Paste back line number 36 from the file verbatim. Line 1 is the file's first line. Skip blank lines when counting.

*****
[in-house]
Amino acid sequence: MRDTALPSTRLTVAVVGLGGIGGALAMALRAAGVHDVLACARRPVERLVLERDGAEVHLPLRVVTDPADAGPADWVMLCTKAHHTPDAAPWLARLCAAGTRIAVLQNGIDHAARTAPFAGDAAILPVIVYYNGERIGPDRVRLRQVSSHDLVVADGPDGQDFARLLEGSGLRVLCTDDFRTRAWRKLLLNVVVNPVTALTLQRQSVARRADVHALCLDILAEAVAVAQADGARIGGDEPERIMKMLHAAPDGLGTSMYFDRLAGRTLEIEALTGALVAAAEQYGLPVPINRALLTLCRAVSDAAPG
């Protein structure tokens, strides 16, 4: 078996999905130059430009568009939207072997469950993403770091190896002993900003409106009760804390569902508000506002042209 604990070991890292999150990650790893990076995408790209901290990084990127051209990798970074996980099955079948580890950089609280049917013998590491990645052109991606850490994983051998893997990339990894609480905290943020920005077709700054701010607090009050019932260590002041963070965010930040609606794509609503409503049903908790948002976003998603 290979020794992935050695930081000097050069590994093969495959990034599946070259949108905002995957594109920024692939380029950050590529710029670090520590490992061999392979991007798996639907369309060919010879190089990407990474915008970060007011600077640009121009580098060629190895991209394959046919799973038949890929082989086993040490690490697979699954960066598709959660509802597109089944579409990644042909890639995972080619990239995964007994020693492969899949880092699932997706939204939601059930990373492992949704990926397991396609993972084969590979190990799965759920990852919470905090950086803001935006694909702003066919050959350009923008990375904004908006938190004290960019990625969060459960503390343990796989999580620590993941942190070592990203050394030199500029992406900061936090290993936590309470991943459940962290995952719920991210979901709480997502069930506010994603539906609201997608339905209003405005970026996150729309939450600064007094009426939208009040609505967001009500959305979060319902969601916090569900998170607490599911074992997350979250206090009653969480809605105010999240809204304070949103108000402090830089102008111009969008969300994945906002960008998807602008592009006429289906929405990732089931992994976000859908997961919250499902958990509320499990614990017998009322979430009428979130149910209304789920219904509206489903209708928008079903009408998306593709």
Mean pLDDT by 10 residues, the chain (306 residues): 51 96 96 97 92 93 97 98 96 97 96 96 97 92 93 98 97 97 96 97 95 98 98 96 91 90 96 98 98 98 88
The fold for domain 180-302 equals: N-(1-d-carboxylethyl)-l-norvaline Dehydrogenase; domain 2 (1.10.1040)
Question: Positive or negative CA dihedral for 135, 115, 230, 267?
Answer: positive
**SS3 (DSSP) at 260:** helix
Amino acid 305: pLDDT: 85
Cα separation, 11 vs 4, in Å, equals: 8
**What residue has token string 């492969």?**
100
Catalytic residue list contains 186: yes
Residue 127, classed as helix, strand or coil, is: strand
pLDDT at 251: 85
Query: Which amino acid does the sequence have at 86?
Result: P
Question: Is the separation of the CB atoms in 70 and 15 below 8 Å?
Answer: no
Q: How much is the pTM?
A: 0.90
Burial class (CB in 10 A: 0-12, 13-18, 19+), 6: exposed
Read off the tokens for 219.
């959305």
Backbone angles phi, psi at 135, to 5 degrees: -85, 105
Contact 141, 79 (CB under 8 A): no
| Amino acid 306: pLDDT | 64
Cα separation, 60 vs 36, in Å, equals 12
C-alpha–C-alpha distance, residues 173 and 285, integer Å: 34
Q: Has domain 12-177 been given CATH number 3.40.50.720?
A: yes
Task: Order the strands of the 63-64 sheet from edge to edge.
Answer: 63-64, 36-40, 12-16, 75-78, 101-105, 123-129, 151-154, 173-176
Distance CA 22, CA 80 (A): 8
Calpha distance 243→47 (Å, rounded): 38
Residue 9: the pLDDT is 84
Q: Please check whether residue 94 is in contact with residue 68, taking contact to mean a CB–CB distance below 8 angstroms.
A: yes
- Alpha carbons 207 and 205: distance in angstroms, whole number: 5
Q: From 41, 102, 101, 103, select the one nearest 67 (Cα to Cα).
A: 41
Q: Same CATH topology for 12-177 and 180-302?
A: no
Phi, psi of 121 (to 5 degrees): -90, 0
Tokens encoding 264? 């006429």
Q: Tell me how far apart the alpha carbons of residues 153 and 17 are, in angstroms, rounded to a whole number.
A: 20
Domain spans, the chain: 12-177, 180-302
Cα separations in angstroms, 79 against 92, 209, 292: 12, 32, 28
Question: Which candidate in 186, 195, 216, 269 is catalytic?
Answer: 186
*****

Residue 9: the pLDDT is 84